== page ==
The Deathless Merchant of London
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rating: +40+x

What this is

A bunch of miscellaneous CSS 'improvements' that I, CroquemboucheCroquembouche, use on a bunch of pages because I think it makes them easier to deal with.

The changes this component makes are bunch of really trivial modifications to ease the writing experience and to make documenting components/themes a bit easier (which I do a lot). It doesn't change anything about the page visually for the reader — the changes are for the writer.

I wouldn't expect translations of articles that use this component to also use this component, unless the translator likes it and would want to use it anyway.

This component probably won't conflict with other components or themes, and even if it does, it probably won't matter too much.


On any wiki:

[[include :scp-wiki:component:croqstyle]]

This component is designed to be used on other components. When using on another component, be sure to add this inside the component's [[iftags]] block, so that users of your component are not forced into also using Croqstyle.

Related components

Other personal styling components (which change just a couple things):

Personal styling themes (which are visual overhauls):

CSS changes

Reasonably-sized footnotes

Stops footnotes from being a million miles wide, so that you can actually read them.

.hovertip { max-width: 400px; }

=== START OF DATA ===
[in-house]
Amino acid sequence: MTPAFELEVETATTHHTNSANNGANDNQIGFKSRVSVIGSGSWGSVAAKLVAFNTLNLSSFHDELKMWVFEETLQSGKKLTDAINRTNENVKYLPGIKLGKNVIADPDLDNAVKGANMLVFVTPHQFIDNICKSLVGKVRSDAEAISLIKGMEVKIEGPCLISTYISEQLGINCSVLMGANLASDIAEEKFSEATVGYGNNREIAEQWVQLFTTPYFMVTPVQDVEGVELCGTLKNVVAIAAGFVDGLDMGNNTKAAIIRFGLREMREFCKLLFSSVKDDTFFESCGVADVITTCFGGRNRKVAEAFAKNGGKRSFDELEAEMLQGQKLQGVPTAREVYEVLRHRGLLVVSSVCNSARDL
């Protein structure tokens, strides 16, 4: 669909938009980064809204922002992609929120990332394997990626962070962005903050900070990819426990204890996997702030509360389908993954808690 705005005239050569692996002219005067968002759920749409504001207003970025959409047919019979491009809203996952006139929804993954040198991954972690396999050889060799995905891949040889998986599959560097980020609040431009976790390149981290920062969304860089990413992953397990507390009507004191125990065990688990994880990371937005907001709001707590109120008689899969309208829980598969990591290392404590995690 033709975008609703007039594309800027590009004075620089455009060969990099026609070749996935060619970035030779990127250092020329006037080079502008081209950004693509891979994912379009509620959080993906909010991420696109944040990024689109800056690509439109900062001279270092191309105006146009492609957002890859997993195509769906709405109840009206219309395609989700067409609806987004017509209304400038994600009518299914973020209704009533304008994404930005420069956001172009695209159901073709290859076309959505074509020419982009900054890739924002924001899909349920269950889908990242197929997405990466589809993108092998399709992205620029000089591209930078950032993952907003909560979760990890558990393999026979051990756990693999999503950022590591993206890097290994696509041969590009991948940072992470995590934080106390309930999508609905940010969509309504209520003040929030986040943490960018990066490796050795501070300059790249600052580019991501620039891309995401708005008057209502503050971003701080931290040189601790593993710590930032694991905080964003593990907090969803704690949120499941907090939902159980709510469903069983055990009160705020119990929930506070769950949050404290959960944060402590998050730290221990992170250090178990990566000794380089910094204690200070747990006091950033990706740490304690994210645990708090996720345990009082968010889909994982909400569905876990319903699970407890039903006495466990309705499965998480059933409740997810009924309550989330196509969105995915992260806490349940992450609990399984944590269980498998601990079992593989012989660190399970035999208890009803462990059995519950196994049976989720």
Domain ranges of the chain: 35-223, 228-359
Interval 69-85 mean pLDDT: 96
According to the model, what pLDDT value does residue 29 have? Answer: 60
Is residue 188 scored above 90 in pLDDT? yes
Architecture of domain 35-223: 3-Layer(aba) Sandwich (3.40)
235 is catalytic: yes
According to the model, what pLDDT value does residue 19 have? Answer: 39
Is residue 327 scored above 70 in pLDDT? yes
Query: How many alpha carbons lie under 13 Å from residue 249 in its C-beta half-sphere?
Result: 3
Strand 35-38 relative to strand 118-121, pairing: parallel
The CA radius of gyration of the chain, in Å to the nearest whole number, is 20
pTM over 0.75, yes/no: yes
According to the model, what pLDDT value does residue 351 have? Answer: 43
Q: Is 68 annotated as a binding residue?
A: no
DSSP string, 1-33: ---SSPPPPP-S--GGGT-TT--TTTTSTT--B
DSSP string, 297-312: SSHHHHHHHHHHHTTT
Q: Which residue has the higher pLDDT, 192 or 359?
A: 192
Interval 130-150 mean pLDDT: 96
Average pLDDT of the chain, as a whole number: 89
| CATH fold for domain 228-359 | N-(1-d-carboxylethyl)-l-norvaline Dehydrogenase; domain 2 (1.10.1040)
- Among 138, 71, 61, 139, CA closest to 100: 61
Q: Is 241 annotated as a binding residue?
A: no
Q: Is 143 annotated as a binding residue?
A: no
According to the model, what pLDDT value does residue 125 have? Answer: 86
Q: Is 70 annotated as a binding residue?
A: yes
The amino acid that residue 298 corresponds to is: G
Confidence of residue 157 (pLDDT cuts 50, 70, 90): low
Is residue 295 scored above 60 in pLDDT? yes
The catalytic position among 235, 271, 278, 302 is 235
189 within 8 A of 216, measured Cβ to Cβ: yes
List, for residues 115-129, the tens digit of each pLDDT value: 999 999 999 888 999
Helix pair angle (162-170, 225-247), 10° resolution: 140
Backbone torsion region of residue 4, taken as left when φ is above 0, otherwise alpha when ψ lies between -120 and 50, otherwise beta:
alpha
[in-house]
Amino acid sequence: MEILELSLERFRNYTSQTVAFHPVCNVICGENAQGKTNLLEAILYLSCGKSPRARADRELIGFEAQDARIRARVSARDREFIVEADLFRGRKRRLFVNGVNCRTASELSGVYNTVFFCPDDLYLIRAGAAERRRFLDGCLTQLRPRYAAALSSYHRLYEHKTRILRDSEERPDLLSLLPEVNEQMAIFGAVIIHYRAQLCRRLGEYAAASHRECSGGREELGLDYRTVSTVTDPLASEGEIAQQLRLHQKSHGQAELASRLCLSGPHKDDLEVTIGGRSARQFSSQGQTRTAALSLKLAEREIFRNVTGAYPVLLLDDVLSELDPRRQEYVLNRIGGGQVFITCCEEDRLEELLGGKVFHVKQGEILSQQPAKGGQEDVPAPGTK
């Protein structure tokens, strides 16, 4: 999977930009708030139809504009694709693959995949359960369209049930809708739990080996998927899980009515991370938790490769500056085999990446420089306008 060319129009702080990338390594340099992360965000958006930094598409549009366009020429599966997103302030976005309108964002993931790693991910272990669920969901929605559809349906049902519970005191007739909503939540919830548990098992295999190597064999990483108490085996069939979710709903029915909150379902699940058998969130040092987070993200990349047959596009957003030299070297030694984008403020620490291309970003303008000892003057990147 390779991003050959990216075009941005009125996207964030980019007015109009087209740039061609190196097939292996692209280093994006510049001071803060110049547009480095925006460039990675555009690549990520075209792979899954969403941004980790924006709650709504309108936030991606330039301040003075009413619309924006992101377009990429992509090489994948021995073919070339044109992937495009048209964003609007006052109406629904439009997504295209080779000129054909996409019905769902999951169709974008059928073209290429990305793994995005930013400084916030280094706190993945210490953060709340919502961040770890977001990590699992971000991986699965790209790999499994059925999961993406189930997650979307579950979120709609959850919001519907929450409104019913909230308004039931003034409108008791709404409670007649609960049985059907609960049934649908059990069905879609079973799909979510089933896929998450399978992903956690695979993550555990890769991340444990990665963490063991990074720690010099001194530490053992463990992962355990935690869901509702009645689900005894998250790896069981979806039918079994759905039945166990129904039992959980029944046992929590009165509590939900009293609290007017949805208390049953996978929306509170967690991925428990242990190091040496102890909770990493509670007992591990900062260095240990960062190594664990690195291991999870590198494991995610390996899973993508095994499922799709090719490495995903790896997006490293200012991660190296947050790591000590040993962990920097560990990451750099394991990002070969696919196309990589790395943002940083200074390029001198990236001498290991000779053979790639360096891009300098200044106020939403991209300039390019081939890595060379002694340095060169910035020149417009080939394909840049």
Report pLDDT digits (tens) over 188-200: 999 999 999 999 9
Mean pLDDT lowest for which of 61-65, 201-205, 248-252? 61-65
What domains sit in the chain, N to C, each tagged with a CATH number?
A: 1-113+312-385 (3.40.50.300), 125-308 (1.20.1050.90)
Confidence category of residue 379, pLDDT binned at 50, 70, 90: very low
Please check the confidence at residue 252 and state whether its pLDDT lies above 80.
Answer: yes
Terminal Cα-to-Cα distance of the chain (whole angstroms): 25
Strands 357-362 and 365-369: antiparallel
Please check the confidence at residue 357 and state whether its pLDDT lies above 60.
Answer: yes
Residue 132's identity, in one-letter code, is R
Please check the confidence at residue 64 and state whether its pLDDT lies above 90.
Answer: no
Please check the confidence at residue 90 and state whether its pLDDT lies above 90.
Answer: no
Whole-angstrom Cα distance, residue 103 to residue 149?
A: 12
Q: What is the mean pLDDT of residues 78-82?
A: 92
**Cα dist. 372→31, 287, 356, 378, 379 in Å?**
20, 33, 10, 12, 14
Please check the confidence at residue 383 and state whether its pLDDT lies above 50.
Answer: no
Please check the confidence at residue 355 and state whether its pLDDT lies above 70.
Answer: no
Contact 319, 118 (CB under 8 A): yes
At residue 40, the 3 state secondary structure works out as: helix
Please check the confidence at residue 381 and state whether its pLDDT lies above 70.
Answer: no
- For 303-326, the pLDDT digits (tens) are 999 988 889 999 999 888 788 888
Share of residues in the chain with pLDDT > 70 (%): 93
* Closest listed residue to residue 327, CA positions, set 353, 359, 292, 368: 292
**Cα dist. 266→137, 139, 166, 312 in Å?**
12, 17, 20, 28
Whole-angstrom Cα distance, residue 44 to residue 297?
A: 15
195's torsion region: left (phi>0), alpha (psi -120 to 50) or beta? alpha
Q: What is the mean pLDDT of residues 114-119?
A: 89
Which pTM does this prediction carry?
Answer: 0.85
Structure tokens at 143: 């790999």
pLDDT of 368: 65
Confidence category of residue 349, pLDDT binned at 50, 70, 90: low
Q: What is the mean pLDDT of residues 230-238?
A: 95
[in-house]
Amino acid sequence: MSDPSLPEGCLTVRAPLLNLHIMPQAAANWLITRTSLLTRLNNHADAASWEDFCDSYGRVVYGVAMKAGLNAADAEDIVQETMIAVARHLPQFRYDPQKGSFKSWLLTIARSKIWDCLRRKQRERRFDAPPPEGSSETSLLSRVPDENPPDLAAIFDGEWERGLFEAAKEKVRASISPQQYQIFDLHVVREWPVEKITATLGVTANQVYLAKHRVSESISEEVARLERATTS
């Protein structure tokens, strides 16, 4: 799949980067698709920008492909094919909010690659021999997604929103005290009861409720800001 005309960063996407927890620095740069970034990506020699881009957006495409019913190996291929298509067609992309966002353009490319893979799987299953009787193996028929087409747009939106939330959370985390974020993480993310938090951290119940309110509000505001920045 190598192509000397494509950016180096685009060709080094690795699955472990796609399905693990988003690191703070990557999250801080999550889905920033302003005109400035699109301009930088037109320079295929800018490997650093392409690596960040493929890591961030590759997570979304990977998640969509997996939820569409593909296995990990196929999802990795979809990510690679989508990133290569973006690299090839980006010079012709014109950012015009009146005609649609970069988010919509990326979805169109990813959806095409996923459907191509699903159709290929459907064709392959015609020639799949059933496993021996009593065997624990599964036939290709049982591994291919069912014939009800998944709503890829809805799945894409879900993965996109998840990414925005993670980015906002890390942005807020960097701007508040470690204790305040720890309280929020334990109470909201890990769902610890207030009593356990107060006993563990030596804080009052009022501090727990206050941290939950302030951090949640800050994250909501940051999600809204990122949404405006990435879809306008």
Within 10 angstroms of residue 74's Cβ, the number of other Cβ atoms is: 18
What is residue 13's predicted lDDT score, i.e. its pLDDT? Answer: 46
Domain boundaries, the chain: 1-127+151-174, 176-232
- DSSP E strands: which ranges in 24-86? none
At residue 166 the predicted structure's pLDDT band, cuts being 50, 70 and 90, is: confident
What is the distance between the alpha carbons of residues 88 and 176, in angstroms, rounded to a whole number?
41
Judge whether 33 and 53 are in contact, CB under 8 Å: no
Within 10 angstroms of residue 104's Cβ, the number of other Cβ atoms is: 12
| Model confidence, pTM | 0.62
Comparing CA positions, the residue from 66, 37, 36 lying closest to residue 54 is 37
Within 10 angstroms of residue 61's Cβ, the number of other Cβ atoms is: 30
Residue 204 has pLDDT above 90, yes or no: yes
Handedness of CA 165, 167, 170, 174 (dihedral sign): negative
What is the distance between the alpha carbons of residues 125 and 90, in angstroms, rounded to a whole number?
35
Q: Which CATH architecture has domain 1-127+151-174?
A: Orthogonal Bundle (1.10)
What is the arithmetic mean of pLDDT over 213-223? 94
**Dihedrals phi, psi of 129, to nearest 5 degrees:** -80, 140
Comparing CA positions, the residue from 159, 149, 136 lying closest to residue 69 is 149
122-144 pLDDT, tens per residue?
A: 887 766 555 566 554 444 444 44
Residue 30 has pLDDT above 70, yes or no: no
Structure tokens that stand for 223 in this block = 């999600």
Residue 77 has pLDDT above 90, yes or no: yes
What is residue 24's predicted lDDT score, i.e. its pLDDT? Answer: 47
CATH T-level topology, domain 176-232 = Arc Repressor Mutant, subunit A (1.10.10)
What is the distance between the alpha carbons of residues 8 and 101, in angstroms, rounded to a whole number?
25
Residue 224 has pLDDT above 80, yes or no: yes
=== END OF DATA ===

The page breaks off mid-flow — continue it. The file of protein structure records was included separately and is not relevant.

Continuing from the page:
Monospace edit/code

Makes the edit textbox monospace, and also changes all monospace text to Fira Code, the obviously superior monospace font.

@import url(';700&display=swap');
:root { --mono-font: "Fira Code", Cousine, monospace; }
#edit-page-textarea, .code pre, .code p, .code, tt, .page-source { font-family: var(--mono-font); }
.code pre * { white-space: pre; }
.code *, .pre * { font-feature-settings: unset; }

Teletype backgrounds

Adds a light grey background to <tt> elements ({{text}}), so code snippets stand out more.

tt {
  background-color: var(--swatch-something-bhl-idk-will-fix-later, #f4f4f4);
  font-size: 85%;
  padding: 0.2em 0.4em;
  margin: 0;
  border-radius: 6px;

No more bigfaces

Stops big pictures from appearing when you hover over someone's avatar image, because they're stupid and really annoying and you can just click on them if you want to see the big version.

.avatar-hover { display: none !important; }

Breaky breaky

Any text inside a div with class nobreak has line-wrapping happen between every letter.

.nobreak { word-break: break-all; }

Code colours

Add my terminal's code colours as variables. Maybe I'll change this to a more common terminal theme like Monokai or something at some point, but for now it's just my personal theme, which is derived from Tomorrow Night Eighties.

Also, adding the .terminal class to a fake code block as [[div class="code terminal"]] gives it a sort of pseudo-terminal look with a dark background. Doesn't work with [[code]], because Wikidot inserts a bunch of syntax highlighting that you can't change yourself without a bunch of CSS. Use it for non-[[code]] code snippets only.